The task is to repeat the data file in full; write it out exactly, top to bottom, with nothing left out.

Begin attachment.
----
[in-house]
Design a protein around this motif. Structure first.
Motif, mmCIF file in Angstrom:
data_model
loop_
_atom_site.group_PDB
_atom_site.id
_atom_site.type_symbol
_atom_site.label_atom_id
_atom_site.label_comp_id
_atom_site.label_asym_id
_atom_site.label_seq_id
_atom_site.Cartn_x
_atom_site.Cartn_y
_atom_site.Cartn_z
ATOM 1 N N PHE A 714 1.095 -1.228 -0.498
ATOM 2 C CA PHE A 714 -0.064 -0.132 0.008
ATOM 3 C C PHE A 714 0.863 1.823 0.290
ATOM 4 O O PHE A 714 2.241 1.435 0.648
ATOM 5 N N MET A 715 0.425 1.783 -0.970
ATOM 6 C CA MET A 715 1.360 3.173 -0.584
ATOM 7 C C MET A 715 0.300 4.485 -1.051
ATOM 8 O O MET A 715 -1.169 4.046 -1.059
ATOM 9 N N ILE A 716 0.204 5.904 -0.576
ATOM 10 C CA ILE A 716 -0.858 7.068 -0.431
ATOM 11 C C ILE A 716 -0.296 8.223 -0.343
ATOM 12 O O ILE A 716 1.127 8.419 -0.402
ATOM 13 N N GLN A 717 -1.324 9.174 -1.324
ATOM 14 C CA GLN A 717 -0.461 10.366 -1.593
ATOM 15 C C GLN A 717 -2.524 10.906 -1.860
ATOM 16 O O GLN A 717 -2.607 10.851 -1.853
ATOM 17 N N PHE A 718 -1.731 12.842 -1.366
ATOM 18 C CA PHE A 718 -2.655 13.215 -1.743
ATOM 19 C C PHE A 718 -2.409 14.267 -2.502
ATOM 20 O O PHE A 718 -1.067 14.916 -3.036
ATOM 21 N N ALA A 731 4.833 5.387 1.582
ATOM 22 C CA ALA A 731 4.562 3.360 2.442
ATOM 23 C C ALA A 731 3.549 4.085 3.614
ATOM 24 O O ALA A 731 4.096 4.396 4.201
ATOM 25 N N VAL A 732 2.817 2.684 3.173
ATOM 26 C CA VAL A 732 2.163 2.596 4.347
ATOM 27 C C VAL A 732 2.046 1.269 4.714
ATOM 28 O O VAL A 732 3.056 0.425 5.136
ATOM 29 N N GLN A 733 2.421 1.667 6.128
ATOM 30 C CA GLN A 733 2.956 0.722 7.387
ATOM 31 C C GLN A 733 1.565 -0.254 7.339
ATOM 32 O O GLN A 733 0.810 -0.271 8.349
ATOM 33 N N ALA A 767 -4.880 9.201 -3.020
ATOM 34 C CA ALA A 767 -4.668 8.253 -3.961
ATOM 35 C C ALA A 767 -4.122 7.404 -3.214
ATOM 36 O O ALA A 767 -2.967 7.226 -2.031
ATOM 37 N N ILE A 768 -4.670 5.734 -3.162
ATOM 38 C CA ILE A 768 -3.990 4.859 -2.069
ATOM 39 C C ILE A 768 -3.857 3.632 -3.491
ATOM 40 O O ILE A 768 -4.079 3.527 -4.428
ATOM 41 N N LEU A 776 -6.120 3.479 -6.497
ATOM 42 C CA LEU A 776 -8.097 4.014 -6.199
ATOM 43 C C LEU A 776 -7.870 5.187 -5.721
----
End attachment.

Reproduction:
[in-house]
Design a protein around this motif. Structure first.
Motif, mmCIF file in Angstrom:
data_model
loop_
_atom_site.group_PDB
_atom_site.id
_atom_site.type_symbol
_atom_site.label_atom_id
_atom_site.label_comp_id
_atom_site.label_asym_id
_atom_site.label_seq_id
_atom_site.Cartn_x
_atom_site.Cartn_y
_atom_site.Cartn_z
ATOM 1 N N PHE A 714 1.095 -1.228 -0.498
ATOM 2 C CA PHE A 714 -0.064 -0.132 0.008
ATOM 3 C C PHE A 714 0.863 1.823 0.290
ATOM 4 O O PHE A 714 2.241 1.435 0.648
ATOM 5 N N MET A 715 0.425 1.783 -0.970
ATOM 6 C CA MET A 715 1.360 3.173 -0.584
ATOM 7 C C MET A 715 0.300 4.485 -1.051
ATOM 8 O O MET A 715 -1.169 4.046 -1.059
ATOM 9 N N ILE A 716 0.204 5.904 -0.576
ATOM 10 C CA ILE A 716 -0.858 7.068 -0.431
ATOM 11 C C ILE A 716 -0.296 8.223 -0.343
ATOM 12 O O ILE A 716 1.127 8.419 -0.402
ATOM 13 N N GLN A 717 -1.324 9.174 -1.324
ATOM 14 C CA GLN A 717 -0.461 10.366 -1.593
ATOM 15 C C GLN A 717 -2.524 10.906 -1.860
ATOM 16 O O GLN A 717 -2.607 10.851 -1.853
ATOM 17 N N PHE A 718 -1.731 12.842 -1.366
ATOM 18 C CA PHE A 718 -2.655 13.215 -1.743
ATOM 19 C C PHE A 718 -2.409 14.267 -2.502
ATOM 20 O O PHE A 718 -1.067 14.916 -3.036
ATOM 21 N N ALA A 731 4.833 5.387 1.582
ATOM 22 C CA ALA A 731 4.562 3.360 2.442
ATOM 23 C C ALA A 731 3.549 4.085 3.614
ATOM 24 O O ALA A 731 4.096 4.396 4.201
ATOM 25 N N VAL A 732 2.817 2.684 3.173
ATOM 26 C CA VAL A 732 2.163 2.596 4.347
ATOM 27 C C VAL A 732 2.046 1.269 4.714
ATOM 28 O O VAL A 732 3.056 0.425 5.136
ATOM 29 N N GLN A 733 2.421 1.667 6.128
ATOM 30 C CA GLN A 733 2.956 0.722 7.387
ATOM 31 C C GLN A 733 1.565 -0.254 7.339
ATOM 32 O O GLN A 733 0.810 -0.271 8.349
ATOM 33 N N ALA A 767 -4.880 9.201 -3.020
ATOM 34 C CA ALA A 767 -4.668 8.253 -3.961
ATOM 35 C C ALA A 767 -4.122 7.404 -3.214
ATOM 36 O O ALA A 767 -2.967 7.226 -2.031
ATOM 37 N N ILE A 768 -4.670 5.734 -3.162
ATOM 38 C CA ILE A 768 -3.990 4.859 -2.069
ATOM 39 C C ILE A 768 -3.857 3.632 -3.491
ATOM 40 O O ILE A 768 -4.079 3.527 -4.428
ATOM 41 N N LEU A 776 -6.120 3.479 -6.497
ATOM 42 C CA LEU A 776 -8.097 4.014 -6.199
ATOM 43 C C LEU A 776 -7.870 5.187 -5.721